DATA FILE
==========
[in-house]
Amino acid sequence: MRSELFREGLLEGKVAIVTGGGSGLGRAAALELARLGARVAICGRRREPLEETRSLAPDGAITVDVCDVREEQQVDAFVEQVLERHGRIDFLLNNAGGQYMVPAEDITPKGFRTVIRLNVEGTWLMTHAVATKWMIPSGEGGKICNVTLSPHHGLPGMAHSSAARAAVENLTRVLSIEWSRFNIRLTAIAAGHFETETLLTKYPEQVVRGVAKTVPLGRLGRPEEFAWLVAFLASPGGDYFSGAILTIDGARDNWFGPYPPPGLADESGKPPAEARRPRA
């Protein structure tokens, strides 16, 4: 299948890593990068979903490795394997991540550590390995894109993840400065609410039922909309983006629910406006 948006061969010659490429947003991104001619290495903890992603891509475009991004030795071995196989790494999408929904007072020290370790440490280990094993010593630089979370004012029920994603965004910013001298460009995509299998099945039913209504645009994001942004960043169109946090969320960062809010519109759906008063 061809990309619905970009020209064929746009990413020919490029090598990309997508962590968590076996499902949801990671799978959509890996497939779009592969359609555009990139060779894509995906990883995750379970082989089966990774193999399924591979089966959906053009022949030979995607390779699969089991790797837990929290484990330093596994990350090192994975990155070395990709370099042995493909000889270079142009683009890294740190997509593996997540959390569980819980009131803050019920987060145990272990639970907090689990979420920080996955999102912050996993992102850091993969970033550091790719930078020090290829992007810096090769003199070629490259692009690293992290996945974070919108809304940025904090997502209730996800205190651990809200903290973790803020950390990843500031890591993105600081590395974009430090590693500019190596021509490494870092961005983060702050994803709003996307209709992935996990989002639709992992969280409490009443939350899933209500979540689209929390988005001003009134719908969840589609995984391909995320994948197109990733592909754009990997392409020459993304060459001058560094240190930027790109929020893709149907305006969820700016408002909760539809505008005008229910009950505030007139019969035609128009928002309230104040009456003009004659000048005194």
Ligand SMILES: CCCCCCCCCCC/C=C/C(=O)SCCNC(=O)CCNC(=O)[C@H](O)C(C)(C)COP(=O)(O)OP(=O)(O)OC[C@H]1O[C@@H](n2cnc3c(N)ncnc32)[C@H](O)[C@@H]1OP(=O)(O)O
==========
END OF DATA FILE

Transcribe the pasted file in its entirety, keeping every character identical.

[in-house]
Amino acid sequence: MRSELFREGLLEGKVAIVTGGGSGLGRAAALELARLGARVAICGRRREPLEETRSLAPDGAITVDVCDVREEQQVDAFVEQVLERHGRIDFLLNNAGGQYMVPAEDITPKGFRTVIRLNVEGTWLMTHAVATKWMIPSGEGGKICNVTLSPHHGLPGMAHSSAARAAVENLTRVLSIEWSRFNIRLTAIAAGHFETETLLTKYPEQVVRGVAKTVPLGRLGRPEEFAWLVAFLASPGGDYFSGAILTIDGARDNWFGPYPPPGLADESGKPPAEARRPRA
């Protein structure tokens, strides 16, 4: 299948890593990068979903490795394997991540550590390995894109993840400065609410039922909309983006629910406006 948006061969010659490429947003991104001619290495903890992603891509475009991004030795071995196989790494999408929904007072020290370790440490280990094993010593630089979370004012029920994603965004910013001298460009995509299998099945039913209504645009994001942004960043169109946090969320960062809010519109759906008063 061809990309619905970009020209064929746009990413020919490029090598990309997508962590968590076996499902949801990671799978959509890996497939779009592969359609555009990139060779894509995906990883995750379970082989089966990774193999399924591979089966959906053009022949030979995607390779699969089991790797837990929290484990330093596994990350090192994975990155070395990709370099042995493909000889270079142009683009890294740190997509593996997540959390569980819980009131803050019920987060145990272990639970907090689990979420920080996955999102912050996993992102850091993969970033550091790719930078020090290829992007810096090769003199070629490259692009690293992290996945974070919108809304940025904090997502209730996800205190651990809200903290973790803020950390990843500031890591993105600081590395974009430090590693500019190596021509490494870092961005983060702050994803709003996307209709992935996990989002639709992992969280409490009443939350899933209500979540689209929390988005001003009134719908969840589609995984391909995320994948197109990733592909754009990997392409020459993304060459001058560094240190930027790109929020893709149907305006969820700016408002909760539809505008005008229910009950505030007139019969035609128009928002309230104040009456003009004659000048005194």
Ligand SMILES: CCCCCCCCCCC/C=C/C(=O)SCCNC(=O)CCNC(=O)[C@H](O)C(C)(C)COP(=O)(O)OP(=O)(O)OC[C@H]1O[C@@H](n2cnc3c(N)ncnc32)[C@H](O)[C@@H]1OP(=O)(O)O